Do I have all the usual employee rights as an apprentice?

Do I have all the usual employee rights as an apprentice?

Apprentices have the same rights and entitlements as any other employee including:

  • The right to annual leave, sick leave and public holidays
  • The right to a safe working environment
  • The right to receive superannuation contributions
  • The right to join a union or take industrial action.

All apprentices must also receive wages and conditions either under an appropriate award, enterprise agreement, or according to the National Employment Standards.

Apprentices also have additional entitlements and rights including:

  • The right to have the opportunity to learn the skills and knowledge of their trade
  • The right to have access to structured on and off the job training
  • The right to paid time off work to attend training when necessary
  • The right to receive wage increases on the basis of either apprentice year level or skill, depending on which award applies.

These rights do not apply to trainees.

The only entitlement not granted to apprentices is redundancy pay in the case of a legal redundancy. Further, an apprentice cannot claim unfair dismissed if dismissed at the conclusion of apprenticeship.

Pay rights

For non-school based apprentices the time spent at trade school is paid time and is included in ordinary hours of work. Apprentices should be paid for all work hours and trade school hours and have the right to have that pay increase periodically with experience.

Pay rights for school-based apprentices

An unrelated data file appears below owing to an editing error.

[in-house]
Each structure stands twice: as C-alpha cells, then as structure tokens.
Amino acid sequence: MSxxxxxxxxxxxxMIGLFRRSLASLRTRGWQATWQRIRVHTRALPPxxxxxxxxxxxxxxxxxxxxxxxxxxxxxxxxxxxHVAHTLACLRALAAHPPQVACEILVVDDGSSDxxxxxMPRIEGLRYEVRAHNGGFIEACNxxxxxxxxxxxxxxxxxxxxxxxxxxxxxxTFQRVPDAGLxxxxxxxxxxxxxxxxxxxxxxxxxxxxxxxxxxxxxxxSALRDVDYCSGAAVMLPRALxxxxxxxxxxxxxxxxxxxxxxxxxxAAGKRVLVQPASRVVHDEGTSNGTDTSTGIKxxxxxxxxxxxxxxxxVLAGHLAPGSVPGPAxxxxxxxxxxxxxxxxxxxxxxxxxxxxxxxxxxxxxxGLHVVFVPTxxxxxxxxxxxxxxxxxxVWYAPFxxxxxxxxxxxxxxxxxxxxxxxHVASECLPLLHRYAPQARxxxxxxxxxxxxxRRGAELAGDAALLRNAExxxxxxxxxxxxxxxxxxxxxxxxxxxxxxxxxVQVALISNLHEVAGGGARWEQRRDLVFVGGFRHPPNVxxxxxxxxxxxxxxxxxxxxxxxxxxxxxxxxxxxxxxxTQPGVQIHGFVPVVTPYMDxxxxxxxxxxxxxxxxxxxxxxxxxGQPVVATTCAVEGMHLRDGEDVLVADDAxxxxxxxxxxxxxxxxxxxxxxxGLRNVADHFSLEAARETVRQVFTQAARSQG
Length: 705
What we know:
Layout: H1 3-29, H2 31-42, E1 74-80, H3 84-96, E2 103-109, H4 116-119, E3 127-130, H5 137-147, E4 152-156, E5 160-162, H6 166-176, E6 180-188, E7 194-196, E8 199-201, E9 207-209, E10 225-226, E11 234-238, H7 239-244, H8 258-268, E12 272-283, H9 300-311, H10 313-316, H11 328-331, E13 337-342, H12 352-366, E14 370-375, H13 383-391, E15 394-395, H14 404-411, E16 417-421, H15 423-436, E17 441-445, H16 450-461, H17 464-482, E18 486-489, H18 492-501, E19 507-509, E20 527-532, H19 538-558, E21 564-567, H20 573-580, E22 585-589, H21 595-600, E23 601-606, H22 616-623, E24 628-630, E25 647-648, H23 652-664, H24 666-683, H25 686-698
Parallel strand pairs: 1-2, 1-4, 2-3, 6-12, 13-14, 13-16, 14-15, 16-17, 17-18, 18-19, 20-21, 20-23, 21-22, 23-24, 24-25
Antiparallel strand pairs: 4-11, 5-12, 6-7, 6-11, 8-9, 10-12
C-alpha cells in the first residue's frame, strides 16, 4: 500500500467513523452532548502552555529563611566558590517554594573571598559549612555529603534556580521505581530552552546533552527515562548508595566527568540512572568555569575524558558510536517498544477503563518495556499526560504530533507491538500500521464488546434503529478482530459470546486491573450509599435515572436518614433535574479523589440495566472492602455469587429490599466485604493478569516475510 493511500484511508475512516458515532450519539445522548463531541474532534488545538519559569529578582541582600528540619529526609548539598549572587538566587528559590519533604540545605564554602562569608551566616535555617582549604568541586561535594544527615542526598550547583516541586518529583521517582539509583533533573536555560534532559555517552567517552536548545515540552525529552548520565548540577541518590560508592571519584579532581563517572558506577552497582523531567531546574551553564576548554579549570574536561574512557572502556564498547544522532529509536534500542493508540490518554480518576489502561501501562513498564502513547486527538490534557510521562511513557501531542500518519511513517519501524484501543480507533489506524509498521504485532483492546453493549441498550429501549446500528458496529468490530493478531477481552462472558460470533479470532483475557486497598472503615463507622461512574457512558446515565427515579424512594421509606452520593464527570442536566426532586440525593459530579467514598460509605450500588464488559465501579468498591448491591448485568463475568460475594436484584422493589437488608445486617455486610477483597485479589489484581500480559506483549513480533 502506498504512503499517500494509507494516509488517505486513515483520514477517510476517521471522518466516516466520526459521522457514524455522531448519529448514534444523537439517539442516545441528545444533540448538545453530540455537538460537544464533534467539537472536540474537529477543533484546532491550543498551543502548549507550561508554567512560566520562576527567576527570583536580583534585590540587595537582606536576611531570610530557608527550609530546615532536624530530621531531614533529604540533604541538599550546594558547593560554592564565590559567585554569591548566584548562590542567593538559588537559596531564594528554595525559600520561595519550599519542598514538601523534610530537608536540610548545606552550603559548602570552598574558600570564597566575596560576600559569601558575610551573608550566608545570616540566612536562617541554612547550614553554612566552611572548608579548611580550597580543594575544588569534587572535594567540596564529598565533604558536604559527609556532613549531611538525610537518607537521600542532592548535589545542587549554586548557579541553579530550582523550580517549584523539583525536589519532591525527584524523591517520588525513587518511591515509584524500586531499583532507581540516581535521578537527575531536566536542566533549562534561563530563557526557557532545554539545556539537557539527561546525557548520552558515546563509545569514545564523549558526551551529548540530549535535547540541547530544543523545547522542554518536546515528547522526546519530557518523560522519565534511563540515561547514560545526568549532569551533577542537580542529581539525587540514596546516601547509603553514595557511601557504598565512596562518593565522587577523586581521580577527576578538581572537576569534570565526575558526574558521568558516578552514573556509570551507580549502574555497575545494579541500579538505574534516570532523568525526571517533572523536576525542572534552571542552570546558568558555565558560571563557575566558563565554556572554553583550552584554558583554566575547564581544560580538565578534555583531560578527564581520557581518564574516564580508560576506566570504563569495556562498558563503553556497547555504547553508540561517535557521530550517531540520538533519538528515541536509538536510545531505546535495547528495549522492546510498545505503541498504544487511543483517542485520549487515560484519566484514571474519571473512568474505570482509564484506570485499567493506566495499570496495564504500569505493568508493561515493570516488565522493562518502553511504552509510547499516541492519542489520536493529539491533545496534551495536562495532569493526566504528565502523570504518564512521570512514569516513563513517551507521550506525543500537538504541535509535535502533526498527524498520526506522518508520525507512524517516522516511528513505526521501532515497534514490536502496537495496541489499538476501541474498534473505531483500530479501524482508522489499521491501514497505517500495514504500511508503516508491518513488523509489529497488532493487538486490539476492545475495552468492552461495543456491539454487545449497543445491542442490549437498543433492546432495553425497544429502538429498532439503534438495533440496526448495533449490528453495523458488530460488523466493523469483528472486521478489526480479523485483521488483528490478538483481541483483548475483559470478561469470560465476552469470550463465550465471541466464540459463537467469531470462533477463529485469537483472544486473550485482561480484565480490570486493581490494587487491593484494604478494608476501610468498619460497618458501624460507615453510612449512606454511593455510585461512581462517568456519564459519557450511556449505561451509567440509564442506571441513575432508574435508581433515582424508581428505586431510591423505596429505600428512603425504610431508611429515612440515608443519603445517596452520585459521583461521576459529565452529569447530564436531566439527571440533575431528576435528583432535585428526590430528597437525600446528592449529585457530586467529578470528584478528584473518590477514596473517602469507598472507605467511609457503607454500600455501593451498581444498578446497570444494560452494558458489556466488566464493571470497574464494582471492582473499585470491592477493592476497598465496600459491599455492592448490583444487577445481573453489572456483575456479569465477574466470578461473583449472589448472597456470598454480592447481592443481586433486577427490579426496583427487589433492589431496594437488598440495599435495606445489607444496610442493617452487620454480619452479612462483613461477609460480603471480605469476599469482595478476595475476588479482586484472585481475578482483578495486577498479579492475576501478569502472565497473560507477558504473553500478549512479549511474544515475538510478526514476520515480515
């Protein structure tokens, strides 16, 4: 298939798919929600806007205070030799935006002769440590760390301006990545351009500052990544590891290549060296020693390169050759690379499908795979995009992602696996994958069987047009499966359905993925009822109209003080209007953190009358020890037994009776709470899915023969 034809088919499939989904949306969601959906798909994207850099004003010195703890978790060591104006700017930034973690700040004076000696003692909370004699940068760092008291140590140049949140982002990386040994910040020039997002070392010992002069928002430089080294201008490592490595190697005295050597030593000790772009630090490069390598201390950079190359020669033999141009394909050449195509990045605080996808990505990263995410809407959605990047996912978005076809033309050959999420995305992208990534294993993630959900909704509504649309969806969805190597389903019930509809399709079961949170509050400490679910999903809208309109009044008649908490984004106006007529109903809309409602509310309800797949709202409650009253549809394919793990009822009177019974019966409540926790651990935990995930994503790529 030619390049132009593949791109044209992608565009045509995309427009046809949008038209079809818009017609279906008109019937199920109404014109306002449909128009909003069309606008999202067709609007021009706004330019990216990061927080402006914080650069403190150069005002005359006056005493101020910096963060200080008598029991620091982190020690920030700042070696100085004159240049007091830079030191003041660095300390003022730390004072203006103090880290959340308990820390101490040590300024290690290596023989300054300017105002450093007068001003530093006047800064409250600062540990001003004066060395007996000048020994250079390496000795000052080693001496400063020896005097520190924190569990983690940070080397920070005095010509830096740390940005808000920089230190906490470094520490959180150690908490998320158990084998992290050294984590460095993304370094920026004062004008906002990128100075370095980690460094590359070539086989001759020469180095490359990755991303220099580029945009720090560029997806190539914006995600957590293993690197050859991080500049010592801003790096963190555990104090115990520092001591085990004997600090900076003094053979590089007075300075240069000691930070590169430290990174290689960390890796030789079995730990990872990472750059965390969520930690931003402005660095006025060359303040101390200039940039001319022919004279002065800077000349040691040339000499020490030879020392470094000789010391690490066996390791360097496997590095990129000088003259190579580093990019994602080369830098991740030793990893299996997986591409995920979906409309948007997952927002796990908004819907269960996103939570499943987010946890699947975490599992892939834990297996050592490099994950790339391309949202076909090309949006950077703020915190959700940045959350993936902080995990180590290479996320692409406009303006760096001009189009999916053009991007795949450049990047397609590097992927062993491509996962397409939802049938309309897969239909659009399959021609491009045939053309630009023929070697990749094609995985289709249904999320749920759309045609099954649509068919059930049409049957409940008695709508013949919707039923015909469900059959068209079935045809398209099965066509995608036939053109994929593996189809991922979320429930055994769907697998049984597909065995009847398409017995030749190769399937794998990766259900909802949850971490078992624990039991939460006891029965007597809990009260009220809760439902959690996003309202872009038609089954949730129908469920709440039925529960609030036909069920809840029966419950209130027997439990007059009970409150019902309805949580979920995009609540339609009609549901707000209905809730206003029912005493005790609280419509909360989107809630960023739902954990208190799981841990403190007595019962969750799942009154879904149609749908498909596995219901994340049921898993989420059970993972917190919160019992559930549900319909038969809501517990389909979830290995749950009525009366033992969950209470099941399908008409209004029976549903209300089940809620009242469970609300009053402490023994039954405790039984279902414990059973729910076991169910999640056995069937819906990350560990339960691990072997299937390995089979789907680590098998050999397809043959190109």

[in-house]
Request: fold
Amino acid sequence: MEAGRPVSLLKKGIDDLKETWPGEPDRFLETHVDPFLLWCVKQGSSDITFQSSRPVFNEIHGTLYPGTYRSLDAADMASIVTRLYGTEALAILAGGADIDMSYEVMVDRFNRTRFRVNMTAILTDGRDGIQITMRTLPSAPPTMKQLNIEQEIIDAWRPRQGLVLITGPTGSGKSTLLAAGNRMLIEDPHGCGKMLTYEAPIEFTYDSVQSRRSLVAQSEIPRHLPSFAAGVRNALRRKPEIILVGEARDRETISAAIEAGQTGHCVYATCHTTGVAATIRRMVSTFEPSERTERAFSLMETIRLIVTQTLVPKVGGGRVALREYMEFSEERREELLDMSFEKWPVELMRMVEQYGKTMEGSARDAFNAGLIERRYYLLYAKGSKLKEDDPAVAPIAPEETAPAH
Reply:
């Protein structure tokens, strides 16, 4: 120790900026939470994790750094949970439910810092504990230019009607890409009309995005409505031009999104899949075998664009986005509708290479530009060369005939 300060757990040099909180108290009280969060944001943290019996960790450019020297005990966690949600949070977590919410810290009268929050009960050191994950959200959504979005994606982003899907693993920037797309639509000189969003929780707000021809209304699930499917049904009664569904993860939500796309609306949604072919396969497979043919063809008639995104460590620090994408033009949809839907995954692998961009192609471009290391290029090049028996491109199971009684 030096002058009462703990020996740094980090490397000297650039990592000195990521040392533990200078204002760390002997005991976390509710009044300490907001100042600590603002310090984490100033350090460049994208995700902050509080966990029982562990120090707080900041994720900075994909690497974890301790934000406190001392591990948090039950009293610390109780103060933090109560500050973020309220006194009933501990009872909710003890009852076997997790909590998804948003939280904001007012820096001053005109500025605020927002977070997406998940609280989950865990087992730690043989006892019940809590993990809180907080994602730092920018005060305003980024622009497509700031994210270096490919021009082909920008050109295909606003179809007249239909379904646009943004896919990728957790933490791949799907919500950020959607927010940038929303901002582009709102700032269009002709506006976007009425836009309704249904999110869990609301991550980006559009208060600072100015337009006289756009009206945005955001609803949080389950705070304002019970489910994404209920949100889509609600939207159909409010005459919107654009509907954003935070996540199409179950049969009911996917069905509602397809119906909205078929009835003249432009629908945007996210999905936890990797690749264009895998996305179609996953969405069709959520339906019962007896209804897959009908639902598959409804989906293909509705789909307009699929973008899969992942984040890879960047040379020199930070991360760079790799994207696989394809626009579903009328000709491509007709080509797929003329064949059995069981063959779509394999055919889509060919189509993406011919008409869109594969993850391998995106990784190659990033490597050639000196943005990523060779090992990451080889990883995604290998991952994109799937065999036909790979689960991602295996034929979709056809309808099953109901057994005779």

School based apprentices have different rights and entitlements to other apprentices. School-based apprentices should be paid in full for the hours worked for the employer. School-based apprentices are not paid for the actual hours they spend in training. Instead they should be paid for the hours worked for the employer and should receive an additional payment equivalent to 25% of worked hours to cover training. For example, if an apprentice works 10 hours for their employer, they should be paid 10 hours for work and 2.5 hours for training, regardless of the amount of time actually spent in training.

This reduced rate of payment only applies to full time students. School-based apprentices should still be paid at the full-time apprentice hourly rate yet that can be averaged over a semester or a year.

The important thing to remember is that apprentices should not only receive training and be paid for it, but have the exact same rights in the workplace as any other employee.

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